I don’t think there’s anyone out there who needs to be told that the UK ground to a halt today thanks to a freak downpour of snow. But I think some of the stuff that happened today was actually a great metaphor for the current status of technology in the UK as a predominant part of virtually everyone’s daily life, a phenomenon that I hope will flourish in the future.
Denial of Service
Slashdot and Lifehacker tend to inflict DoS attacks on websites and webapps whenever they feature them simply owing to the sheer traffic generated. This morning several sites began to have problems due to similar reasons: thousands of commuters simultaneously looked out of the window, smacked their heads and immediately tried to find a way to get to work … using TFL, subsequently causing the route planner to slow to a crawl for a few hours. The school intranet also managed to get DoS’ed from all the 900 Paulines attempting to discover whether the
wonderful terrible rumours of school being snowed off were true. I suspect this reflects the current trend in general load balancing (including non-techie things: apparently electricity usage peaks just after some TV show ends in the UK owing to kettles being put on) and the clear necessity to move computing power to the so-called ‘cloud’ where it can take the strain of flash-flood traffic.
The majority of Paulines used Facebook as their primary source of information regarding the school snow-off. Sitting there watching my Facebook feed reload every few seconds, I couldn’t help but notice that virtually every wall post, status update and note seemed to be asking and/or confirming rumours about school being snowed off. Twitter was also buzzing with activity which concluded with a jubilant remark from @the_unnameable:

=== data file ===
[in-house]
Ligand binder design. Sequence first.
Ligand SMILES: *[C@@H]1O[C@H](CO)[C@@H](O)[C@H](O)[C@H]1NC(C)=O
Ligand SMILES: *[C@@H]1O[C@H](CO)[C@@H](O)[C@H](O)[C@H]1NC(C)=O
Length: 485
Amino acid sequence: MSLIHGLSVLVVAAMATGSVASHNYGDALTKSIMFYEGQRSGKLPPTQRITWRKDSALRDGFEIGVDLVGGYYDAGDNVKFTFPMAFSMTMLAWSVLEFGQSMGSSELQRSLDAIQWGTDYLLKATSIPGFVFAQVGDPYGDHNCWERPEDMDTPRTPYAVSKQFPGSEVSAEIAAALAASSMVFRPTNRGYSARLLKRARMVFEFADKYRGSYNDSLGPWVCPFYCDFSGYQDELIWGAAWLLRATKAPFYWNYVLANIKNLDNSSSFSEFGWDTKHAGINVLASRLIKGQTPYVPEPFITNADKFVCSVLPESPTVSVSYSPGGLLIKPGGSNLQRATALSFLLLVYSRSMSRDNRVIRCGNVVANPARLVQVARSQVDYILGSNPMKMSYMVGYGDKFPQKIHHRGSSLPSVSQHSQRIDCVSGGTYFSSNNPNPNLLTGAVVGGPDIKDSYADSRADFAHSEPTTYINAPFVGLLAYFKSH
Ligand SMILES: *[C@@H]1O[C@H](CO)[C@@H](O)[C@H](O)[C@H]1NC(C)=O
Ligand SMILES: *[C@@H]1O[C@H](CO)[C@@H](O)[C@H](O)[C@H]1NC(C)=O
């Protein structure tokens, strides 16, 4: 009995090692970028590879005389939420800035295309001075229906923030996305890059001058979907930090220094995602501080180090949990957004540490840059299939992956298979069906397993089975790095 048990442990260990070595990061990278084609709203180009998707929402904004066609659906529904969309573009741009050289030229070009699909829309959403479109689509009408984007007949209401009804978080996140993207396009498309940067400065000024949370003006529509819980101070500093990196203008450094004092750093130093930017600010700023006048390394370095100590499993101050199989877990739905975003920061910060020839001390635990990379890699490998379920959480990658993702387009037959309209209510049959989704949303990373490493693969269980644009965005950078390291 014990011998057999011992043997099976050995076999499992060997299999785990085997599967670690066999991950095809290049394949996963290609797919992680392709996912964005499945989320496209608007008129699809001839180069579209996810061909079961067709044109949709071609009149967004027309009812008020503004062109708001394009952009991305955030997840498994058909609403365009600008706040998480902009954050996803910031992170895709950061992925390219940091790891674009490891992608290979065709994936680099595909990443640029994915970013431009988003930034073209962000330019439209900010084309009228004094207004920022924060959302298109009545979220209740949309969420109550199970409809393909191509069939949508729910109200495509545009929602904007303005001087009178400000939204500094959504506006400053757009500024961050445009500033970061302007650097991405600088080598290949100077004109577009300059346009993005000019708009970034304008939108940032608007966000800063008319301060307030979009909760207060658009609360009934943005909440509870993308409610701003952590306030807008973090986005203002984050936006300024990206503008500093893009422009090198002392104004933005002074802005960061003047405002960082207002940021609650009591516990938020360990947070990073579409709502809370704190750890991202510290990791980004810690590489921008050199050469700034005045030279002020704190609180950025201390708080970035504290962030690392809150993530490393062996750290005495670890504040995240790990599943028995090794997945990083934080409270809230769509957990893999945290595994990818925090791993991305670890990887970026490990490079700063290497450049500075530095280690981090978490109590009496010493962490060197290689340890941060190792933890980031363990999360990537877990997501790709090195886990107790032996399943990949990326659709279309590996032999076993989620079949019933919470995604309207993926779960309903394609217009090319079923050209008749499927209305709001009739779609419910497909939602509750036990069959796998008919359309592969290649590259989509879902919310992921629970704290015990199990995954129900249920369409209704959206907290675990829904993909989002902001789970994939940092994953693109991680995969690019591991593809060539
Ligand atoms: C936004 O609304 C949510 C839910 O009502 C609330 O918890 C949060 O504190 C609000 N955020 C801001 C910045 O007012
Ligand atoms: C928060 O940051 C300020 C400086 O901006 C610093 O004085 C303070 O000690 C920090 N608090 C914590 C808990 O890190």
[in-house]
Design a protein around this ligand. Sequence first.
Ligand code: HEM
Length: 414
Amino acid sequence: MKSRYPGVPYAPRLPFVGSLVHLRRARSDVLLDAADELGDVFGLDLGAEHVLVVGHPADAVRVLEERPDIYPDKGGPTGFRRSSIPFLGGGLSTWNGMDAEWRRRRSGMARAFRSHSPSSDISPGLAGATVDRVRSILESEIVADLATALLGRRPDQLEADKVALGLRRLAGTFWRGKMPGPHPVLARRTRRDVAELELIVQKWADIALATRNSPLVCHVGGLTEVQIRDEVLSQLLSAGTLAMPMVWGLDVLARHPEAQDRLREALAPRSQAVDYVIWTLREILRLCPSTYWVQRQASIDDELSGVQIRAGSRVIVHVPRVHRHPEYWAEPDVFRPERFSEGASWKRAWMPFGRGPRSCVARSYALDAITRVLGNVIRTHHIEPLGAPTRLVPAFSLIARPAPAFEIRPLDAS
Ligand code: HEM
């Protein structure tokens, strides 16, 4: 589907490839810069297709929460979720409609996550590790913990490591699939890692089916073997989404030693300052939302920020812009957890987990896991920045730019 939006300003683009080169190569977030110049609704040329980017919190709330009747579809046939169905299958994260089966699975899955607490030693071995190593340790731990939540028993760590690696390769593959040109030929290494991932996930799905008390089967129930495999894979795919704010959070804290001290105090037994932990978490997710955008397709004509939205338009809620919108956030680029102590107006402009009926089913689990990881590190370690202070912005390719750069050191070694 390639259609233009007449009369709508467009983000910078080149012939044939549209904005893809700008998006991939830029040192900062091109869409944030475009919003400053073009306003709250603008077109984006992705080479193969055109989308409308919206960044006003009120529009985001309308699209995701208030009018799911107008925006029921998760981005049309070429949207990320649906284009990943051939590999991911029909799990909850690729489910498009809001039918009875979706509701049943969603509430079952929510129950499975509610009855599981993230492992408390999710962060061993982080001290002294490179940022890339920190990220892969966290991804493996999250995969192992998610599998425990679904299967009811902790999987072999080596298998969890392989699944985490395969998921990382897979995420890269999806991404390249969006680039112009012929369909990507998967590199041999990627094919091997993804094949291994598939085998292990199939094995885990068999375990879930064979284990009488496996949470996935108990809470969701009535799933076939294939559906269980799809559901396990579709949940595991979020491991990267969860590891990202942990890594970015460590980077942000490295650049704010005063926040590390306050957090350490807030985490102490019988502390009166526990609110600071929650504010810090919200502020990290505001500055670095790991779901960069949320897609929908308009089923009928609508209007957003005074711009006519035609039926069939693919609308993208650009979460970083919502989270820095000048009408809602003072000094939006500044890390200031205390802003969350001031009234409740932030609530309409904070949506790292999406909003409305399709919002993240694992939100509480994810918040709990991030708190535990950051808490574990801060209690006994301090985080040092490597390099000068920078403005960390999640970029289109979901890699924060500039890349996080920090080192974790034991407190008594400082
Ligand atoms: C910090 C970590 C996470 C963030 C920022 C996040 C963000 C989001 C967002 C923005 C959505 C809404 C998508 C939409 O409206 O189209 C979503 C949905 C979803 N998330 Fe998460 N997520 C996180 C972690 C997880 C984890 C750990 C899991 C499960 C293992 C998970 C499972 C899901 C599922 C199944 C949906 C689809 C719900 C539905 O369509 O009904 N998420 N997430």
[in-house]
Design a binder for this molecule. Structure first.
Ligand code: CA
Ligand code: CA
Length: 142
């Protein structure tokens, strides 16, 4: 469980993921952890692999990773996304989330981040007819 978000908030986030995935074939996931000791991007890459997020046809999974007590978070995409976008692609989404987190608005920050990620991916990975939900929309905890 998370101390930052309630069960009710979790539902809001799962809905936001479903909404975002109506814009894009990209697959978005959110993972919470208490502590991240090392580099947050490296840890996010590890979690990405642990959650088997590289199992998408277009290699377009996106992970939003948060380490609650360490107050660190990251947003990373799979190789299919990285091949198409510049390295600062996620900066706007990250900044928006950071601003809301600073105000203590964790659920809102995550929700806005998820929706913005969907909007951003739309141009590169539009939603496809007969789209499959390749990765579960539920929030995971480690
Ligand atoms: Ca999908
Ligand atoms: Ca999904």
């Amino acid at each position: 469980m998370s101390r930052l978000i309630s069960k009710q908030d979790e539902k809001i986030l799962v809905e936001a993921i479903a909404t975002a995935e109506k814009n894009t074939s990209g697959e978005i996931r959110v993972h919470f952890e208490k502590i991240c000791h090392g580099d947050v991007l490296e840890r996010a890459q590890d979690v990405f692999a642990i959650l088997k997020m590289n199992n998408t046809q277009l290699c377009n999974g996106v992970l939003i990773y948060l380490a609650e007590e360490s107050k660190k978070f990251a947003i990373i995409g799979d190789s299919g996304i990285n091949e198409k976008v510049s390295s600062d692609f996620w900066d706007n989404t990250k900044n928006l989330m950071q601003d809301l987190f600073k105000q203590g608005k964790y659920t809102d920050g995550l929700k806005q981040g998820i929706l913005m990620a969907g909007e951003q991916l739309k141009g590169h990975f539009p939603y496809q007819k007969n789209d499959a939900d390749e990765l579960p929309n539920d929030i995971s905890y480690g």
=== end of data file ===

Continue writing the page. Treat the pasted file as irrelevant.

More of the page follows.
No school. Yipppppeeeeeeeeeeeeeeeeeeeeeeeee!
Eventually intelligence was obtained from the few people who had managed to contact the apparently grumpy porters by phone (and of course sons of teachers) and information was seeded in the form of status updates on both Facebook and Twitter which spread virally and reached most people. Of course, this merely illustrates the increasing reliance on the web for up-to-date information and the power of viral marketing (well, spread of information). As a sidenote, David Smith, a teacher at the school with the foresight to see what is needed, has created a Twitter account for one-way updates from the school: @stpaulsboys.
And of course, since the school was closed for the sake of safety and preventing us from having to brave the weather, everyone was out and about, efficiently organising events through Facebook, Twitter and mobile phone.
Of course, every such event is a photo op. There was a point when digital cameras were associated exclusively with Japanese tourists, but today during a photography outing with George, virtually every person we saw who wasn’t building a snowman was pointing a camera at something (often with flash still turned on *sigh*). In the age of twitpic and flickr, digital cameras have become day-to-day objects embedded into just about everything which are used as a means to record moments of one’s day. If this had happened just a few years ago, I don’t think anything like the number of cameras I saw today would have hit the streets, as the idea of having to record every precious last moment of one’s life on an SD card hadn’t quite caught on.
Personally, I ended up with a pretty cool collection of photos (including some of Doc Mayfield & co. having fun), a new way of getting school updates (@stpaulsboys), the beginnings of a raging cold, a free Sodexho school lunch and confirmation that school is off tomorrow as well.